The Philadelphia Clef Club of Jazz and Performing Arts was founded in 1935 by James Adams and members of Local No. 274 to be the social club for the local.  Local 274 was known as Philadelphia’s African American musicians union.  However, unlike other locals nearby, 274 was desegregated and accepted members of all races.  Local No. 274 was crucial to the growth of a thriving jazz scene in Philadelphia and included such members as John Coltrane, Dizzy Gillespie, Jimmy Smith, Lee Morgan, “Philly Joe Jones,” Grover Washington Jr, the Heath Brothers, Nina Simone, and Butch Ballard.  When it dissolved in 1971, Local No. 274 was the last independent African American musicians union in the United States. 

Even after the local’s dissolution, the Clef Club was a popular haven for jazz lovers, eventually creating a “B” membership for jazz lovers and out-of-town musicians.  In 1970 it was relocated from 912 South Broad Street to 114 South 13th Street. The club continued to function as a social club until 1978, when it expanded its activities to include jazz performance, jazz instruction, and the preservation of Philadelphia’s jazz history. 


A new facility at 738 South Broad Street was constructed in 1982 with funds allocated by Dr. Bernard C. Watson, the former president of the William Penn Foundation.  The new construction was a part of the initiative to develop the cultural organizations in Philadelphia’s performing arts district, the Avenue of the Arts.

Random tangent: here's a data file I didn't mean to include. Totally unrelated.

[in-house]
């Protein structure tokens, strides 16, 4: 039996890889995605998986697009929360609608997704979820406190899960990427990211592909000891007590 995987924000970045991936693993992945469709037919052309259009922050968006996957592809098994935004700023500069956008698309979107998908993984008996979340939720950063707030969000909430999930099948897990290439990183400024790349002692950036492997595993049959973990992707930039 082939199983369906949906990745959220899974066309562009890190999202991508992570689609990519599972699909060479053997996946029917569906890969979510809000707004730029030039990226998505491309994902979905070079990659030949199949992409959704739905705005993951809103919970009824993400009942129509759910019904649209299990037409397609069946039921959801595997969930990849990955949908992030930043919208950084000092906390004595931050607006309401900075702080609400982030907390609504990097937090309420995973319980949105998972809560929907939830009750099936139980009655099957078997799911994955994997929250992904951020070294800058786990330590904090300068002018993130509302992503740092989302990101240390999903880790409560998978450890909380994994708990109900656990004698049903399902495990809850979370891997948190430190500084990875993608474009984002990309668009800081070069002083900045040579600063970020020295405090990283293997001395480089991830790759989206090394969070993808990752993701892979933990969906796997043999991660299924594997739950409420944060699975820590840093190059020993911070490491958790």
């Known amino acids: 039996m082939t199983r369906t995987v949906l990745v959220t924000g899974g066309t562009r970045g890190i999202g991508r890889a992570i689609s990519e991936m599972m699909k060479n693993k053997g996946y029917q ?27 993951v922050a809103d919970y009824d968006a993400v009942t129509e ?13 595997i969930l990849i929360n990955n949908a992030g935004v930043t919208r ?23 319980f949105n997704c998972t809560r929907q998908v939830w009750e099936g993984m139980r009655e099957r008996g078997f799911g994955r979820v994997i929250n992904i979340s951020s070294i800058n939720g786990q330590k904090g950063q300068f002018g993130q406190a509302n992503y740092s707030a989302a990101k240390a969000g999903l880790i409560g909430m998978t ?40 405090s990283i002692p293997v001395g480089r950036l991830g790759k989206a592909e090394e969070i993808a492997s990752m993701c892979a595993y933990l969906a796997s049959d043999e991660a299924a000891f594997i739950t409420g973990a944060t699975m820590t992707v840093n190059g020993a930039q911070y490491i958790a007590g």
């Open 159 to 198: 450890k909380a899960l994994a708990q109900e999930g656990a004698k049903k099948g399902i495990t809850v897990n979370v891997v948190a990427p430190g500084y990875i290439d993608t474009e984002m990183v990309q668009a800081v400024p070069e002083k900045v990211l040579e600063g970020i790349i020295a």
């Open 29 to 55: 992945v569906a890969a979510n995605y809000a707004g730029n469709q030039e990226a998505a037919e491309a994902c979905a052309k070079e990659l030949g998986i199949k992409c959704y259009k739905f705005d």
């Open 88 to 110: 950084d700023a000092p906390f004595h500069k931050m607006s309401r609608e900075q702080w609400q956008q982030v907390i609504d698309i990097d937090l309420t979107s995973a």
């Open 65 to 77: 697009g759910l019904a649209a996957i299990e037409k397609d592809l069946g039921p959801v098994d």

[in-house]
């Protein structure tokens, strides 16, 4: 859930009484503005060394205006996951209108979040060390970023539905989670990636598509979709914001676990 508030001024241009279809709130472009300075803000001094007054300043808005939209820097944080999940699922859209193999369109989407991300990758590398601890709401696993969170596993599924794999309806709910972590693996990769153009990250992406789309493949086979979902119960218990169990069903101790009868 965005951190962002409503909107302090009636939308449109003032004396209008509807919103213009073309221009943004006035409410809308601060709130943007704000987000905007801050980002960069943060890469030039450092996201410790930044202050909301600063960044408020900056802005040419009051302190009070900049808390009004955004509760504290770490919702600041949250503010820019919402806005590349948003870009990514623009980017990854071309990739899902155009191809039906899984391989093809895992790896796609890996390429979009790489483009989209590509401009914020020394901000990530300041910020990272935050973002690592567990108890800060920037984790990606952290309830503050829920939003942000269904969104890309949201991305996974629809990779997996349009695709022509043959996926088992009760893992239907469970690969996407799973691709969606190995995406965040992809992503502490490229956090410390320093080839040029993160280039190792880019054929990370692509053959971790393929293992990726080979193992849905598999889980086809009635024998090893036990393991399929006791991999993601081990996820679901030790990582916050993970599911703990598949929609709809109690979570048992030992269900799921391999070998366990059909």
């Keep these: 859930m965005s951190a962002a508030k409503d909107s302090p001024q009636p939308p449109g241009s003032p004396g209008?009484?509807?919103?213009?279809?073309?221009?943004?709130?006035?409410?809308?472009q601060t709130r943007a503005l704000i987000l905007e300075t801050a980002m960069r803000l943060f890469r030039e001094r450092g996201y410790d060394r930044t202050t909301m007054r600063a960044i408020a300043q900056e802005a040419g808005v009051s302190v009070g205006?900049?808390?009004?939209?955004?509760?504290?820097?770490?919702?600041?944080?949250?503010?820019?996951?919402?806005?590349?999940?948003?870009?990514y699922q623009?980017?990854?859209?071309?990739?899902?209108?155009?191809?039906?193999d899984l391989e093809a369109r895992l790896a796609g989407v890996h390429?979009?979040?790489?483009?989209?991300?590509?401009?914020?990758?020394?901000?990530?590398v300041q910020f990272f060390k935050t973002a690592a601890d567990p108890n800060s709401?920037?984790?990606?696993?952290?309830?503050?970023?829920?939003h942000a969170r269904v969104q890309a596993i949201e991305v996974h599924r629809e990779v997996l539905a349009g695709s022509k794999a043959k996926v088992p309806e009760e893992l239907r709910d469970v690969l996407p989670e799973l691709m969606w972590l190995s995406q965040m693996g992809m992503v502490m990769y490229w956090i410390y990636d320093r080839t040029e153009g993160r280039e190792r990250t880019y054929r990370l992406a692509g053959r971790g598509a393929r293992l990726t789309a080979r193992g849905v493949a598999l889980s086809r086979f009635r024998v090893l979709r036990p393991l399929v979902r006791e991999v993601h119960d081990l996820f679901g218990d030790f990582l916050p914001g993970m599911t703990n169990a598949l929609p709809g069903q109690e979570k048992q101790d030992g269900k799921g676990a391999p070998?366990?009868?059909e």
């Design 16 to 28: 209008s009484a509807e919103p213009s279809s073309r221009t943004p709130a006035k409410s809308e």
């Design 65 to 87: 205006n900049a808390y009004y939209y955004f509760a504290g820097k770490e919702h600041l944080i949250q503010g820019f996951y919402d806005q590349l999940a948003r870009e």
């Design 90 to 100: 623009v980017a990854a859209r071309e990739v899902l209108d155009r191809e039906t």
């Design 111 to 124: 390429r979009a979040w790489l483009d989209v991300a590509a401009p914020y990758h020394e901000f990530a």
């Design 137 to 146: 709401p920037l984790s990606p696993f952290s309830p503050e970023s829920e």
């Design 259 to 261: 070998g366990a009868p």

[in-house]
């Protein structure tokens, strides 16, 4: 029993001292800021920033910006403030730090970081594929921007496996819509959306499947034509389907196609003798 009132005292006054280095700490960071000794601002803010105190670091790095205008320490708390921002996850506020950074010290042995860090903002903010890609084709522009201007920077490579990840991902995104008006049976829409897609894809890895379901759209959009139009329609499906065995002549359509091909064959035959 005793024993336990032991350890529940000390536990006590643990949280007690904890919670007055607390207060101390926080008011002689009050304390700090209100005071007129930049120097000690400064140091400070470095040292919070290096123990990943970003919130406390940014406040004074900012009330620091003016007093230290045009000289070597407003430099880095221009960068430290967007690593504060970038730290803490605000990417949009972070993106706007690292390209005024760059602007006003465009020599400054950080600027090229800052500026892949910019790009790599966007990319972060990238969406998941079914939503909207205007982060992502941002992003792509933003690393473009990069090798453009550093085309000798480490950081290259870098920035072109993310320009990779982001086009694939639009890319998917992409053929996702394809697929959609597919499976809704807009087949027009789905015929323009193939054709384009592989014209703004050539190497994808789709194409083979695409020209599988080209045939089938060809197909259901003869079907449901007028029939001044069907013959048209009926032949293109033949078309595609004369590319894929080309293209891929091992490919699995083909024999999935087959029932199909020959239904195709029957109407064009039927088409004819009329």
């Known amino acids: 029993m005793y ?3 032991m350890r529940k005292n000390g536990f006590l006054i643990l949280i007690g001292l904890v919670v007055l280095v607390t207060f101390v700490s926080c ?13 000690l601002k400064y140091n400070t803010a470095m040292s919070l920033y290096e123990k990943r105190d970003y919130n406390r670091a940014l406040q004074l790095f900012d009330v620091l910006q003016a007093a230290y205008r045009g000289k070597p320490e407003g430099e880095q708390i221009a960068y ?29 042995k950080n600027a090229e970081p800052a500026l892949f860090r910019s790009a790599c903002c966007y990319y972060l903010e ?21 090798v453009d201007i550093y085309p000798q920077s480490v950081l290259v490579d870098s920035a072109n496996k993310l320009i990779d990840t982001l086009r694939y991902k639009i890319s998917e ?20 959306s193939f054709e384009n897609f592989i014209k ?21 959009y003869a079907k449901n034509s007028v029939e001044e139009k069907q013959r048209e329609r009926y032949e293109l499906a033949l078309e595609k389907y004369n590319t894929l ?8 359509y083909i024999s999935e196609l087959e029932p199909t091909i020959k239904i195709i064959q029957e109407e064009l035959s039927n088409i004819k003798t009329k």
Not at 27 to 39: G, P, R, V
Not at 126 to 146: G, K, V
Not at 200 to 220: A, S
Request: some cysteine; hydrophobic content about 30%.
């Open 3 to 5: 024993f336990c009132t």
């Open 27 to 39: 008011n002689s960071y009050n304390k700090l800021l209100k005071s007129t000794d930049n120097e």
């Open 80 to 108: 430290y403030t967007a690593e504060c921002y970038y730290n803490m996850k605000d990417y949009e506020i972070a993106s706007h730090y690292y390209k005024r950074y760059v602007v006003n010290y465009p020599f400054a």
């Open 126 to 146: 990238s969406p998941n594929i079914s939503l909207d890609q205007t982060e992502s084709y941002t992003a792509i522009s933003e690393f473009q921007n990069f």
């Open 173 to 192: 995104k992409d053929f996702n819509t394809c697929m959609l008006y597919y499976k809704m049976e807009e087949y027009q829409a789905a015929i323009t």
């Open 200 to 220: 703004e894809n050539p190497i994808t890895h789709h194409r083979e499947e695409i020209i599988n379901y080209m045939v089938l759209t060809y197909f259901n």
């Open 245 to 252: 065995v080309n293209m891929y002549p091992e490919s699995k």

In 1995, the Philadelphia Clef Club established a new facility on the corner of Broad and Fitzwater Streets that houses classrooms, a performance space, recording facilities, and executive offices. 


The Philadelphia Clef Club of Jazz and Performing Arts is the first facility ever constructed specifically as a jazz institution.  Considered a historic icon in the Philadelphia African American community, the club has since expanded its scope to include public performances by leading jazz artists and a youth music education program. 


This collection comprises approximately 232 linear feet of materials, dating from circa 1935-present. It consists of the club’s organizational records, the records of Local 274, a large recorded jazz music, memorabilia and artifacts (inc. Jimmy Smith’s organ).  Additionally, the club holds a small amount of photographs of jazz musicians, many published jazz-related journals from the 1950s-1970s and book on Jazz, sheet music, and educational materials.